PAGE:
The recordings are all from recent years, but each represents a different time period. Note the changes from ancient style chant to a modern popular song.
Notice that in this an example of hula kahiko—ancient style. The recording begins with female dancers and the male kumu hula (leader or teacher) calling the kahea (what or who the story is about). Then, as the teacher chants, the dancers call out key words that may describe the dance motions. Also note that there are only two pitches in the chant—slightly higher and lower pitches—and it is accompanied by an ipu.
This video shows the end of the song, with dancers. It ends with the ha’ina.
One of the most famous versions is in auana, modern, style. It has a very long percussion introduction. Guitars begin at: 45 and the singers at 1:07.
Jake Shimabukuru is Hawaii’s most celebrated ukulele player. This version shows that instrumental music is now a part of the Hawaiian music tradition. [At first you hear a strummed groove, and then he goes into a great solo section. What instrument is accompanying the ukulele?]1
Israel Kamakawiwo’ole: “Living in a Sovereign Land” talks about the standing controversy over Hawaiian sovereignty.
Keali’i Reichel, a performer and kumu hula, is another extremely influential performer in Hawaii.
A relative newcomer to the world stage is ukulele virtuoso, Jake Shimabukura. Here is a very famous Youtube video of him playing “While My Guitar Gently Weeps.”
The islands have an annual native music award ceremony, the Na Hoku Hanohano Awards. These represent the most successful musicians of the islands.
Hawaiian language version of “Hallelujah,” written by Leonard Cohen and covered in many movies.
© Eric Broder Van Dyke/Shutterstock.com
LAST NIGHT OUT
What’s on the Menu?
I suggest that we all attend a Luau – a Hawaiian feast and cultural event filled with great music, storytelling and dance. The word Luau is in reference to taro leaves which are part of many popular dishes. A few of the popular luau dishes that you will have to choose from are Poi (pounded taro plant root that is a starch that is eaten with everything), Kalua Pig (roasted pork prepared in an underground oven), Laulau (meat wrapped in leaves and steamed), and for dessert Haupia (coconut pudding). There will also be all kinds of fish, fruit, and drinks. Aloha!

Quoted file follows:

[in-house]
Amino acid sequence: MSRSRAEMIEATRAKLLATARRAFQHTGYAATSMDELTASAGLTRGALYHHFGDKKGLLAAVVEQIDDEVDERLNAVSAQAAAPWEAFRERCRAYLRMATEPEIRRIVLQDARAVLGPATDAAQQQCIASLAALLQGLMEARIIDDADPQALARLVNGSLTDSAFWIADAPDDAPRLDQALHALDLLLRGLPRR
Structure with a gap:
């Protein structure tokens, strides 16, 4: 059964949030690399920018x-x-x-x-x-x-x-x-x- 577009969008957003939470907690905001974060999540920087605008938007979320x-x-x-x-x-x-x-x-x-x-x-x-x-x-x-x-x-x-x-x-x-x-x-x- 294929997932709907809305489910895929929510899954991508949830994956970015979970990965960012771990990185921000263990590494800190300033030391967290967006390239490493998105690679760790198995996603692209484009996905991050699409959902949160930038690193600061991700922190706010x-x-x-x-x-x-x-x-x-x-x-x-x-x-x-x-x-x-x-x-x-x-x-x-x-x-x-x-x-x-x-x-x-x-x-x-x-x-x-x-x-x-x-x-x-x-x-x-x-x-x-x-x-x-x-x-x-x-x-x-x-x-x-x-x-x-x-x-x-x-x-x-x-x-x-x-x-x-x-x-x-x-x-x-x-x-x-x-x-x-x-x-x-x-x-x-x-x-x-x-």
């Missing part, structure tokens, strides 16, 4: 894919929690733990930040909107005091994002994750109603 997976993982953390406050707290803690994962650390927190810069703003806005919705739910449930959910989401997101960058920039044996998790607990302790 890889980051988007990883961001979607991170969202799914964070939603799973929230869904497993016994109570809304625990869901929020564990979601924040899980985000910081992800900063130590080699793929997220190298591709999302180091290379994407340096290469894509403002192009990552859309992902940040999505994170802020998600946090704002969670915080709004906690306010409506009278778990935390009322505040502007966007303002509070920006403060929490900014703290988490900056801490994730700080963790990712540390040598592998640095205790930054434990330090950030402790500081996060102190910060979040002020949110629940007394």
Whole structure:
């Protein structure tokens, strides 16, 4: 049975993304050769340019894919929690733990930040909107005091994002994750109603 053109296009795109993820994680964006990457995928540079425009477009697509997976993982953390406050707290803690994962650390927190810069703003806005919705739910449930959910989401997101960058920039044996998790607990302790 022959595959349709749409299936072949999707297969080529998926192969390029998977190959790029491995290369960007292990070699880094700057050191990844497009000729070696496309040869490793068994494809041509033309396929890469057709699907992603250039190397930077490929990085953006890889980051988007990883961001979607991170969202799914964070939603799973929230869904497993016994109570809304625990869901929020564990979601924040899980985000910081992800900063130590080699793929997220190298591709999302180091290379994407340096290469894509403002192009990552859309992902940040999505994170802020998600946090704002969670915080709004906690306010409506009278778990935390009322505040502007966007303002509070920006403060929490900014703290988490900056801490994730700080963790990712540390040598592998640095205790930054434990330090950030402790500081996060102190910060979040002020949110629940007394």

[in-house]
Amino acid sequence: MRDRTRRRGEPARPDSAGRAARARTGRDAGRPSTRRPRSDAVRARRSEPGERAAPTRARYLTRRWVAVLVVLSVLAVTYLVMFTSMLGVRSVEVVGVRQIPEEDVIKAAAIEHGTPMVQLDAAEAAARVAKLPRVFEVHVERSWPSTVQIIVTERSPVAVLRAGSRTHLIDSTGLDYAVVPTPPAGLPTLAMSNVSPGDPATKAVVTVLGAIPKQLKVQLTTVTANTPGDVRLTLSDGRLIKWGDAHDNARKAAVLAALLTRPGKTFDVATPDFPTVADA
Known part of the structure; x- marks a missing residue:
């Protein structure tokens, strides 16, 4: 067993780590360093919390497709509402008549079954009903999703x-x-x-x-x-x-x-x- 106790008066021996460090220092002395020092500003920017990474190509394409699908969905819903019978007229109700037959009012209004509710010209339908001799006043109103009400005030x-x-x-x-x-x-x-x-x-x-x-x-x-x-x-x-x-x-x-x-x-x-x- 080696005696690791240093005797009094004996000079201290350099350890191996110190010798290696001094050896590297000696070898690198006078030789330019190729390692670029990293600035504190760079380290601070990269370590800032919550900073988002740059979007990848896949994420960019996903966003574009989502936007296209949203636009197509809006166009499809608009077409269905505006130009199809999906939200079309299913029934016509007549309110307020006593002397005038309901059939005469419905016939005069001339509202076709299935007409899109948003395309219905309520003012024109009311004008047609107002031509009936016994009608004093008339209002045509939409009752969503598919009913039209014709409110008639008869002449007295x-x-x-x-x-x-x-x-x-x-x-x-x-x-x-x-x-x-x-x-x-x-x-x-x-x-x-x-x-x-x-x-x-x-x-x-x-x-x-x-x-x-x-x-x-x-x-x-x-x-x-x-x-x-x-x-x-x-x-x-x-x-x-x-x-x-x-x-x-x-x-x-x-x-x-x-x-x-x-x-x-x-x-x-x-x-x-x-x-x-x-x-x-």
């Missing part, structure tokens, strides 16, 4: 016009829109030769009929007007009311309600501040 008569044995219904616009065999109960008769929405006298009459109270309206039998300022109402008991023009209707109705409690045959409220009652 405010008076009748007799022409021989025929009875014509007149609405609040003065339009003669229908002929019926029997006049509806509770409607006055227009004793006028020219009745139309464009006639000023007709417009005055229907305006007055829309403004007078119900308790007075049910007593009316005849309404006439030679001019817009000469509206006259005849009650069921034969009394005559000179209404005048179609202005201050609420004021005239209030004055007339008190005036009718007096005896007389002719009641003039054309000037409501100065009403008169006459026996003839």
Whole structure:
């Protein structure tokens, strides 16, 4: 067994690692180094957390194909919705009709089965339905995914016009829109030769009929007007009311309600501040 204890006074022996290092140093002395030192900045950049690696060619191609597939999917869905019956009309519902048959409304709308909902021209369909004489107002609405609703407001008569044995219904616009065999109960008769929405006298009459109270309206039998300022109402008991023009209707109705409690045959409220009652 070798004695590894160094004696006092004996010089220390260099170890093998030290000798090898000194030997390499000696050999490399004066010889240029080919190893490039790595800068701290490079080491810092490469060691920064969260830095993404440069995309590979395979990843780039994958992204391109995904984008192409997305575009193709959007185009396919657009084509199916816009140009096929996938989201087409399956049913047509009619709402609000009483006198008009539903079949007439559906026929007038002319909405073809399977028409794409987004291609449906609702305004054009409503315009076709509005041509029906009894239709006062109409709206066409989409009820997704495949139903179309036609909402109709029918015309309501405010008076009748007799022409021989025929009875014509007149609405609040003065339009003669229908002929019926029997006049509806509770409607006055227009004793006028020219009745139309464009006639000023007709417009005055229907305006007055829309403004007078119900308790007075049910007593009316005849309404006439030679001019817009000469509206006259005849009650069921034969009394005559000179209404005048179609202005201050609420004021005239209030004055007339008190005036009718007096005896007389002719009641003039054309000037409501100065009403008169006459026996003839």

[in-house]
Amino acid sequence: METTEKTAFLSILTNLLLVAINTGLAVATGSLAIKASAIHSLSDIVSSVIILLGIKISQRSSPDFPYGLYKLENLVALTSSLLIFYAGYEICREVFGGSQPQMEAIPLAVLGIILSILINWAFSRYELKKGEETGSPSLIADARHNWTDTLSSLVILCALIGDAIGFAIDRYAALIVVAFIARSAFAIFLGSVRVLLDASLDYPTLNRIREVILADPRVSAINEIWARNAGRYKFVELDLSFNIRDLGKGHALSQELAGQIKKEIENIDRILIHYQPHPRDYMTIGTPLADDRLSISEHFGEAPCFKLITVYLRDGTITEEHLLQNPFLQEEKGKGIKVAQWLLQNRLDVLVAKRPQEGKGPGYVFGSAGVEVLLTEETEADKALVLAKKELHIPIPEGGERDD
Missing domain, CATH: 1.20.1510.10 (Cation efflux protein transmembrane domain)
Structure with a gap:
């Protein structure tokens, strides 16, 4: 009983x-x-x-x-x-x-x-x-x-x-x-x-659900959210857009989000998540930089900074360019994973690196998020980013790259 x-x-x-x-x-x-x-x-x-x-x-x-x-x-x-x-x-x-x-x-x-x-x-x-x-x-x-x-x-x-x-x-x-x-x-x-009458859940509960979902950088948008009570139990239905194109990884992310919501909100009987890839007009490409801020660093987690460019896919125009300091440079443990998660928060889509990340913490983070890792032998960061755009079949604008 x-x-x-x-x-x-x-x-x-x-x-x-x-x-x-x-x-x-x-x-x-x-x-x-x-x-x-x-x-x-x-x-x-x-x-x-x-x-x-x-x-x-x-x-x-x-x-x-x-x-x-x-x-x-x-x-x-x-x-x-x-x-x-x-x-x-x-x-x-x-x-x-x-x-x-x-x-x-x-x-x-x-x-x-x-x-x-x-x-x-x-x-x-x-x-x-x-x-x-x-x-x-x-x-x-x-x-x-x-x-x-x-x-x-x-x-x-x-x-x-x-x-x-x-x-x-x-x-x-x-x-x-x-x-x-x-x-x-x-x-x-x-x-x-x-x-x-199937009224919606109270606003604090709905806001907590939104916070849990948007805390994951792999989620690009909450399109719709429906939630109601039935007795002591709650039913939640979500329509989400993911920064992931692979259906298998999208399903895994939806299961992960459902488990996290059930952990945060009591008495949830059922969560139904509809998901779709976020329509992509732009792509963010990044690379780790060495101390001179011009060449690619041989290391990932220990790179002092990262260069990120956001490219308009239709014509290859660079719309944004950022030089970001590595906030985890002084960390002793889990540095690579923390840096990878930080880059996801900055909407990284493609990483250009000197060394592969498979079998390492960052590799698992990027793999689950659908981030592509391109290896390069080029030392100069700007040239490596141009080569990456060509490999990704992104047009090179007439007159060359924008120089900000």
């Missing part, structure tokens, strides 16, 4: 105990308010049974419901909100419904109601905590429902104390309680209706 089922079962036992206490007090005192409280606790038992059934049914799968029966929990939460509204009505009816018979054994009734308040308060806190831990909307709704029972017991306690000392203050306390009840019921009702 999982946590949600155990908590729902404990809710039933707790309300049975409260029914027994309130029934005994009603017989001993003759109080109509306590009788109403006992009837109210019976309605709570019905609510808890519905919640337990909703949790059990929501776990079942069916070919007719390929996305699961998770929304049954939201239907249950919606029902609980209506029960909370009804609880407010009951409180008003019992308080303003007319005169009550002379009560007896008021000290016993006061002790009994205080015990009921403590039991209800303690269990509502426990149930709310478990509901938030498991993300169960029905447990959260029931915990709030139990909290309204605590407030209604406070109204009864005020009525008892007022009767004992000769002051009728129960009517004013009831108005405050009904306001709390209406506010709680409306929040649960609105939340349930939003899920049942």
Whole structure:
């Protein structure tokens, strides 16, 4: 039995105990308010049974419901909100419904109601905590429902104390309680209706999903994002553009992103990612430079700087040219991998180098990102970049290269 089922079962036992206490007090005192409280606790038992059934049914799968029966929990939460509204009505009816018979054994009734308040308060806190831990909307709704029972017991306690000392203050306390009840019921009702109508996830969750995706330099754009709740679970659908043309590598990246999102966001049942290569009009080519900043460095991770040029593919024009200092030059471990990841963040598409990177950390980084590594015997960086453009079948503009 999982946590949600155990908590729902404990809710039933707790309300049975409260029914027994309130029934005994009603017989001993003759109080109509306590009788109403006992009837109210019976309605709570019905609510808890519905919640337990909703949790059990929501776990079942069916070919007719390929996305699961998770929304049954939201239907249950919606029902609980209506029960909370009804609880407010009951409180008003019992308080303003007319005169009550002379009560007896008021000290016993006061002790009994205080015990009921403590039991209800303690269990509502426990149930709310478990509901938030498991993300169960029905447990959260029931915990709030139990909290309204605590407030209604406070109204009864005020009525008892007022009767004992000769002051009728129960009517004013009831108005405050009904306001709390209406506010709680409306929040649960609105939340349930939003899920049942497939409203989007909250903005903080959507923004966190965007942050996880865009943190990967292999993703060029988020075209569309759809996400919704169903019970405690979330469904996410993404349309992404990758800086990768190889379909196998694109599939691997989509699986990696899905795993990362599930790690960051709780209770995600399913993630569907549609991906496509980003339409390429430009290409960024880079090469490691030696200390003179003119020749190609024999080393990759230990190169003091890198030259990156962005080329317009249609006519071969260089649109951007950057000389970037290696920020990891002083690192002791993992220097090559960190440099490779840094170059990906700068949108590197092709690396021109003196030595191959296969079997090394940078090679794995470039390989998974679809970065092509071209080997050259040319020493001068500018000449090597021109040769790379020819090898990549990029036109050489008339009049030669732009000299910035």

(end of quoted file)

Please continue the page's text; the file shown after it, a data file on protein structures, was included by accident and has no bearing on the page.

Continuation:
1. What influence does language have in Hawaiian music? What influence does language have in music from your culture?
2. What are some of the negative effects that missionaries had on Hawaiian or any Oceanic cultures? How did this effect the music?
3. Do you think cultural traditions can be destroyed? How has this had an effect in Hawaiian culture and your own?
4. Look online for information about the life and career of Israel Kamakawiwo’ole (IZ). What do you find interesting? How was his life reflected in his performance, music, videos?
5. What are some of the pros and cons of written language, digital media versus oral transmission as reliable source?
Go Through Customs Before Boarding for Australia
[A Trip to Australia
Buying Our Ticket
Australia’s airport in Sydney is one of the longest trips we will take from the United States. If we fly immediately from Hawaii to Sydney, it would take almost 11 hours, but from New York City it will take over 22 hours with at least one stop and from Los Angeles over 17 hours with at least one stop.
As your order your ticket, what interesting things have you heard about Australia and its wildlife? You may have learned in your earlier school days about the adorable Koala bear that eats Eucalyptus leaves, or Kangaroos with their baby wallaby in their pouch, but did you know that Australia has over 836 species of spiders? Do you remember learning about the duck-billed platypus – a semiaquatic, egg-laying mammal? Look it up and check out another unusual animal the emu. Bats called flying foxes have an important ecological role in pollinating flowers and dispersing seeds native to Australia. Some of the best surfing beaches and competitions are in Australia. The Great Barrier Coral reef is the largest coral eco system in the world, studied and protected by marine biologists all over the world. All of Australia’s coral reefs have been threatened due to climate change which not threatens the worlds ecosystem but also the continent’s economy. Lastly, there is extreme terrain in Australia, beautiful beaches, lush gardens, mountain ranges, and deserts called the bush. Based on the natural landscape, can you think of some topics that traditional singers might write about in their songs?
Before we pack our suitcase, let’s watch a video of Ash Dargan playing the didgeridoo an Indigenous Australian instrument. In this video, watch how the visuals and words not only give you a feeling for the continent, but also how the sounds contribute to the overall sentiment of Australia’s land.